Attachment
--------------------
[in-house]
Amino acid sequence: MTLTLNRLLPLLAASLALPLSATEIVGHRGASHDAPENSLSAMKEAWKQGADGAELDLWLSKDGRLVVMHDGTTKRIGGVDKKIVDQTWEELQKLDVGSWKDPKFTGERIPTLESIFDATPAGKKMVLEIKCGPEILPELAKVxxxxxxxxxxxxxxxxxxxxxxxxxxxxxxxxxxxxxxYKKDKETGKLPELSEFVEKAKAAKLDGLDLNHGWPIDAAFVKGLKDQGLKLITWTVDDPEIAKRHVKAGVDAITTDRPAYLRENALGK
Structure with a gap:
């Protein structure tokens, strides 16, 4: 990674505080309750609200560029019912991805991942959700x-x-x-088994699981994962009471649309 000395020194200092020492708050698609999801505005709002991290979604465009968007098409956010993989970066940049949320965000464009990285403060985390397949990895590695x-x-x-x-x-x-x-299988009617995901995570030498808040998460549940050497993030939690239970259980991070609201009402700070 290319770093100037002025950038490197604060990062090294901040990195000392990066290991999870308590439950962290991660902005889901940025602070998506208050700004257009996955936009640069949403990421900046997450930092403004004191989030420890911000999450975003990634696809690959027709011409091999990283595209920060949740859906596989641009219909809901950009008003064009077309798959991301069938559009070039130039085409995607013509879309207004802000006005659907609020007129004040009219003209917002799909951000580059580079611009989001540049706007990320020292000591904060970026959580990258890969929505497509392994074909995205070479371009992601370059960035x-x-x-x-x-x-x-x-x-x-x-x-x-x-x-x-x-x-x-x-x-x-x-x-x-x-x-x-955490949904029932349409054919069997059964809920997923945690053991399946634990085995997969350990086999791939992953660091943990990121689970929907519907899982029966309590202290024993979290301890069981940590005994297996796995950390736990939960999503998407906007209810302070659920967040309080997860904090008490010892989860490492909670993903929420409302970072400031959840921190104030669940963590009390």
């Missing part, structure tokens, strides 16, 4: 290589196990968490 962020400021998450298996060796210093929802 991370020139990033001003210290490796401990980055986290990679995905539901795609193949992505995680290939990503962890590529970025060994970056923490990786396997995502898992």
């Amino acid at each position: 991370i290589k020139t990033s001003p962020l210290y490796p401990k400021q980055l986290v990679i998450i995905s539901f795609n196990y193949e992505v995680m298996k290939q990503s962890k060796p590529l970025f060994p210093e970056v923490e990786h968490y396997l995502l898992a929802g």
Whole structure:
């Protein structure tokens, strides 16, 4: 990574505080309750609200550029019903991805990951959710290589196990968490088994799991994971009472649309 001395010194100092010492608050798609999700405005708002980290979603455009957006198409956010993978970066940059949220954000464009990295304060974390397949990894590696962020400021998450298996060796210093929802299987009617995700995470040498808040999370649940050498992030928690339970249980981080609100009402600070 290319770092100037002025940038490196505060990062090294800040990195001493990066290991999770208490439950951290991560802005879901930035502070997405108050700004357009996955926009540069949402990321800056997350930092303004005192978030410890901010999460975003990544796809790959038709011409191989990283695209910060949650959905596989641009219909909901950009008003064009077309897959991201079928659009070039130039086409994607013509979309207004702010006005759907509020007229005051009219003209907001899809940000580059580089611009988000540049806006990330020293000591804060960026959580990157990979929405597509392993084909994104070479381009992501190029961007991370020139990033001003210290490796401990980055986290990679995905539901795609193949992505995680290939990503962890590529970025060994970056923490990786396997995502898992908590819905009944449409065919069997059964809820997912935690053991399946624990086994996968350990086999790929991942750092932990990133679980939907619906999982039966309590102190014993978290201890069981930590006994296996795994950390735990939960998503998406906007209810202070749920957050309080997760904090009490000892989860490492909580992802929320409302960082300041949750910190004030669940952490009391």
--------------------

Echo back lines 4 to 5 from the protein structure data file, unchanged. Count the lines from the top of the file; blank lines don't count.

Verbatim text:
């Protein structure tokens, strides 16, 4: 990674505080309750609200560029019912991805991942959700x-x-x-088994699981994962009471649309 000395020194200092020492708050698609999801505005709002991290979604465009968007098409956010993989970066940049949320965000464009990285403060985390397949990895590695x-x-x-x-x-x-x-299988009617995901995570030498808040998460549940050497993030939690239970259980991070609201009402700070 290319770093100037002025950038490197604060990062090294901040990195000392990066290991999870308590439950962290991660902005889901940025602070998506208050700004257009996955936009640069949403990421900046997450930092403004004191989030420890911000999450975003990634696809690959027709011409091999990283595209920060949740859906596989641009219909809901950009008003064009077309798959991301069938559009070039130039085409995607013509879309207004802000006005659907609020007129004040009219003209917002799909951000580059580079611009989001540049706007990320020292000591904060970026959580990258890969929505497509392994074909995205070479371009992601370059960035x-x-x-x-x-x-x-x-x-x-x-x-x-x-x-x-x-x-x-x-x-x-x-x-x-x-x-x-955490949904029932349409054919069997059964809920997923945690053991399946634990085995997969350990086999791939992953660091943990990121689970929907519907899982029966309590202290024993979290301890069981940590005994297996796995950390736990939960999503998407906007209810302070659920967040309080997860904090008490010892989860490492909670993903929420409302970072400031959840921190104030669940963590009390």
């Missing part, structure tokens, strides 16, 4: 290589196990968490 962020400021998450298996060796210093929802 991370020139990033001003210290490796401990980055986290990679995905539901795609193949992505995680290939990503962890590529970025060994970056923490990786396997995502898992």